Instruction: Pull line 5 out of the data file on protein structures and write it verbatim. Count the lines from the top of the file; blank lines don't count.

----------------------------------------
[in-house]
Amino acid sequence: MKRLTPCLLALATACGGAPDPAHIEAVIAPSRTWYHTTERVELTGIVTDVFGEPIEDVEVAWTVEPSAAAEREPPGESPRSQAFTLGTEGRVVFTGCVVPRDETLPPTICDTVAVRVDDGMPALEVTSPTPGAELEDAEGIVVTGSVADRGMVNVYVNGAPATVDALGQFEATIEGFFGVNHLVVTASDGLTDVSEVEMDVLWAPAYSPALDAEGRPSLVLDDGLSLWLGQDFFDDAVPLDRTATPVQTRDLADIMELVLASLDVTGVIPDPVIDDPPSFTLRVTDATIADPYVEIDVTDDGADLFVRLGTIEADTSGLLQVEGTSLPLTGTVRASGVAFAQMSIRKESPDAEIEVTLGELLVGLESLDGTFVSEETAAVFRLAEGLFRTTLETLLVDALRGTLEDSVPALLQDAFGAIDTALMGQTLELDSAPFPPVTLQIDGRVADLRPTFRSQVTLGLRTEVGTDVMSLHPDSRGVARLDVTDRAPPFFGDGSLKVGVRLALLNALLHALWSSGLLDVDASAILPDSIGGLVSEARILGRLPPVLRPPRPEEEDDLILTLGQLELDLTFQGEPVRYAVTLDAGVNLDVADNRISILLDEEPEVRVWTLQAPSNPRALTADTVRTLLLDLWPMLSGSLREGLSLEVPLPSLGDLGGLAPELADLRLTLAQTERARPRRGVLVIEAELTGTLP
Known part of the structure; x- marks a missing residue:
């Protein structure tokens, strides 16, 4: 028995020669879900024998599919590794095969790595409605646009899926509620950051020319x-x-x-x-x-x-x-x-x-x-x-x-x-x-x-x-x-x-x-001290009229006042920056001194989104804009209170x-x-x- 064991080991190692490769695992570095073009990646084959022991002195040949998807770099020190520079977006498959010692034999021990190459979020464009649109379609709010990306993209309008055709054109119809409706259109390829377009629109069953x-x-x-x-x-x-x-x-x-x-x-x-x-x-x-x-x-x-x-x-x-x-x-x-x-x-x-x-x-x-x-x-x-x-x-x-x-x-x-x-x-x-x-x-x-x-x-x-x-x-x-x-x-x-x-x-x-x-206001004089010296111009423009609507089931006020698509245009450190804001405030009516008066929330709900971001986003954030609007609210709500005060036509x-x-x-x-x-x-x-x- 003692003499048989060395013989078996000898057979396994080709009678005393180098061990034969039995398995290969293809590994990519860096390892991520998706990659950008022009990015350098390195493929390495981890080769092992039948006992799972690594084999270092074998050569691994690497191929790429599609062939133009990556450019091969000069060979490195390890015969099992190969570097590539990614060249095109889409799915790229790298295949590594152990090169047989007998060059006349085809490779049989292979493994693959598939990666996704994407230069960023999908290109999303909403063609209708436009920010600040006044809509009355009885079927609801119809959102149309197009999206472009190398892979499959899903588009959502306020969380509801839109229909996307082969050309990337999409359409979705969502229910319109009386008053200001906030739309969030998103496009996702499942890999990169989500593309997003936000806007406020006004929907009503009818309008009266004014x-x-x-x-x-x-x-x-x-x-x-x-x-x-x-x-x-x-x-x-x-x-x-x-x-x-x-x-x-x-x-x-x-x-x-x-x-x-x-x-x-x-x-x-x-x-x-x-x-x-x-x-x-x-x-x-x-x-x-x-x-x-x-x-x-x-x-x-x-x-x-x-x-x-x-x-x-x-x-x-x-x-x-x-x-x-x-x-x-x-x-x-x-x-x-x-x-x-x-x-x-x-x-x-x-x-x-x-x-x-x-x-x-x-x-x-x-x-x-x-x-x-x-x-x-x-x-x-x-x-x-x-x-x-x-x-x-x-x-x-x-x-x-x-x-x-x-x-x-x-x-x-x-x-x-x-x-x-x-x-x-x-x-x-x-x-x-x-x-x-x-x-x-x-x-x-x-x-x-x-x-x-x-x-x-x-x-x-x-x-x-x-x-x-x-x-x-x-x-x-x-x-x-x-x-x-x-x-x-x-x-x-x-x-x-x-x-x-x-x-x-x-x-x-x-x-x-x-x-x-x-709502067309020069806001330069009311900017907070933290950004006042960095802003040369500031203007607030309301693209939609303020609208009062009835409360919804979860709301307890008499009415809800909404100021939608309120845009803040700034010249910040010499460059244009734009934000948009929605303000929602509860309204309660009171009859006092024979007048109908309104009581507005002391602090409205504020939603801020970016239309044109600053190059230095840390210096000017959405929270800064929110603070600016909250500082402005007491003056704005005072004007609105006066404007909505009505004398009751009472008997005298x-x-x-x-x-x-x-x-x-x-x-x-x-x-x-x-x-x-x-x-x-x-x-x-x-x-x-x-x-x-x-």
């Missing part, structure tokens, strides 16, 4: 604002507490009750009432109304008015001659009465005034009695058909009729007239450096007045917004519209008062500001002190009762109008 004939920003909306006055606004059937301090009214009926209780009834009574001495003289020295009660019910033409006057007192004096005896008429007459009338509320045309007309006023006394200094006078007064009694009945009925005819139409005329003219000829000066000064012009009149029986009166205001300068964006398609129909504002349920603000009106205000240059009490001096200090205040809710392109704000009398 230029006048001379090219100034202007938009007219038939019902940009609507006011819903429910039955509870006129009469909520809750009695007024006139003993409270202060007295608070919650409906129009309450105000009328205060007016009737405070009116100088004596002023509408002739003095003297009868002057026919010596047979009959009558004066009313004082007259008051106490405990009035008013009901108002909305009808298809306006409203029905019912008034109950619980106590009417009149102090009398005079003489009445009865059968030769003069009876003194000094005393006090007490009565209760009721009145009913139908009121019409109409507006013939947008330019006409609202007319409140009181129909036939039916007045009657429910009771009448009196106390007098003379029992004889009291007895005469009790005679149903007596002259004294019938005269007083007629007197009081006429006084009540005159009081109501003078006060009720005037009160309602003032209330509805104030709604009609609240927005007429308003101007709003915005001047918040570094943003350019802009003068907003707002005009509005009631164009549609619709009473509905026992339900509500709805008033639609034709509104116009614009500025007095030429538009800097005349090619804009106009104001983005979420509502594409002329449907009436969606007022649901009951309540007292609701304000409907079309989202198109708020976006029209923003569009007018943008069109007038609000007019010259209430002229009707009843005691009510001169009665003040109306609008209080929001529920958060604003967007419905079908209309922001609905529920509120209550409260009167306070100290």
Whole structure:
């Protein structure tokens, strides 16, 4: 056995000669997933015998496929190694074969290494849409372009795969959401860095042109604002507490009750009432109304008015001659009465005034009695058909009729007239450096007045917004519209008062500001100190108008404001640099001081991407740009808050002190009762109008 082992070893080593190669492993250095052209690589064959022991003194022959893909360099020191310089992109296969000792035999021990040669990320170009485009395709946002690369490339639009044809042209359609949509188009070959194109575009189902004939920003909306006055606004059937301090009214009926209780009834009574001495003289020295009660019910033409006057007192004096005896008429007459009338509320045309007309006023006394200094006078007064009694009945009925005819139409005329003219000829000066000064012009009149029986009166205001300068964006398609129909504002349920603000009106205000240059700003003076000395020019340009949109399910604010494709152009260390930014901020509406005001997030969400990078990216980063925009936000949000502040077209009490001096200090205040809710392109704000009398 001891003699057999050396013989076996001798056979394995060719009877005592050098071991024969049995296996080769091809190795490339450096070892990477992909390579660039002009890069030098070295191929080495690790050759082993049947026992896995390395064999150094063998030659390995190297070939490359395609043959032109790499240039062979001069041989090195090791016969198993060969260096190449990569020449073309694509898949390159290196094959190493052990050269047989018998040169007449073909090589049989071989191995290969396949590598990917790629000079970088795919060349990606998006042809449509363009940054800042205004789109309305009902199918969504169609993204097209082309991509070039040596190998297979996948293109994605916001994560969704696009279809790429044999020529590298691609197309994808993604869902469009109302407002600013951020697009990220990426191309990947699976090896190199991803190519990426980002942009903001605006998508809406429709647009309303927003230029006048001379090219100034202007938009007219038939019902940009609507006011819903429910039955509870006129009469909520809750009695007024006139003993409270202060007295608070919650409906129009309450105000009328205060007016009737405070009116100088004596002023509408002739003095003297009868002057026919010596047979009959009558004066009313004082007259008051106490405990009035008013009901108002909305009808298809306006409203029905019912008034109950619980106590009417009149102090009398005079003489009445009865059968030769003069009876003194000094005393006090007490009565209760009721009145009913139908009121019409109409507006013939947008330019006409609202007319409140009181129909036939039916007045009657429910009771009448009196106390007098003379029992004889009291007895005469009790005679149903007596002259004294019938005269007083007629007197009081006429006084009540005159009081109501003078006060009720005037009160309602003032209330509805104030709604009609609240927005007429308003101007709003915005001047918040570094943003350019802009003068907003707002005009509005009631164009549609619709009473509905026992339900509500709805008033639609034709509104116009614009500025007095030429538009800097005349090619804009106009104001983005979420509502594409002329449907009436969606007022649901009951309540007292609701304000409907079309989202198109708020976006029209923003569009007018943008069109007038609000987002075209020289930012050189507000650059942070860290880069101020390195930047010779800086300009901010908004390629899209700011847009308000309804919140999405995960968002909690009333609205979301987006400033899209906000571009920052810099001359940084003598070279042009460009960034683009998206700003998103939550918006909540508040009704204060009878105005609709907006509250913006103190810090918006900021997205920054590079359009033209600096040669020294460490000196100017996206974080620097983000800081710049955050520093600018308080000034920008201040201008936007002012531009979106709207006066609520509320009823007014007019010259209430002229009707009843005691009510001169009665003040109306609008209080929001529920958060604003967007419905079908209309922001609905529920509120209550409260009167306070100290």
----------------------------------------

């Missing part, structure tokens, strides 16, 4: 604002507490009750009432109304008015001659009465005034009695058909009729007239450096007045917004519209008062500001002190009762109008 004939920003909306006055606004059937301090009214009926209780009834009574001495003289020295009660019910033409006057007192004096005896008429007459009338509320045309007309006023006394200094006078007064009694009945009925005819139409005329003219000829000066000064012009009149029986009166205001300068964006398609129909504002349920603000009106205000240059009490001096200090205040809710392109704000009398 230029006048001379090219100034202007938009007219038939019902940009609507006011819903429910039955509870006129009469909520809750009695007024006139003993409270202060007295608070919650409906129009309450105000009328205060007016009737405070009116100088004596002023509408002739003095003297009868002057026919010596047979009959009558004066009313004082007259008051106490405990009035008013009901108002909305009808298809306006409203029905019912008034109950619980106590009417009149102090009398005079003489009445009865059968030769003069009876003194000094005393006090007490009565209760009721009145009913139908009121019409109409507006013939947008330019006409609202007319409140009181129909036939039916007045009657429910009771009448009196106390007098003379029992004889009291007895005469009790005679149903007596002259004294019938005269007083007629007197009081006429006084009540005159009081109501003078006060009720005037009160309602003032209330509805104030709604009609609240927005007429308003101007709003915005001047918040570094943003350019802009003068907003707002005009509005009631164009549609619709009473509905026992339900509500709805008033639609034709509104116009614009500025007095030429538009800097005349090619804009106009104001983005979420509502594409002329449907009436969606007022649901009951309540007292609701304000409907079309989202198109708020976006029209923003569009007018943008069109007038609000007019010259209430002229009707009843005691009510001169009665003040109306609008209080929001529920958060604003967007419905079908209309922001609905529920509120209550409260009167306070100290």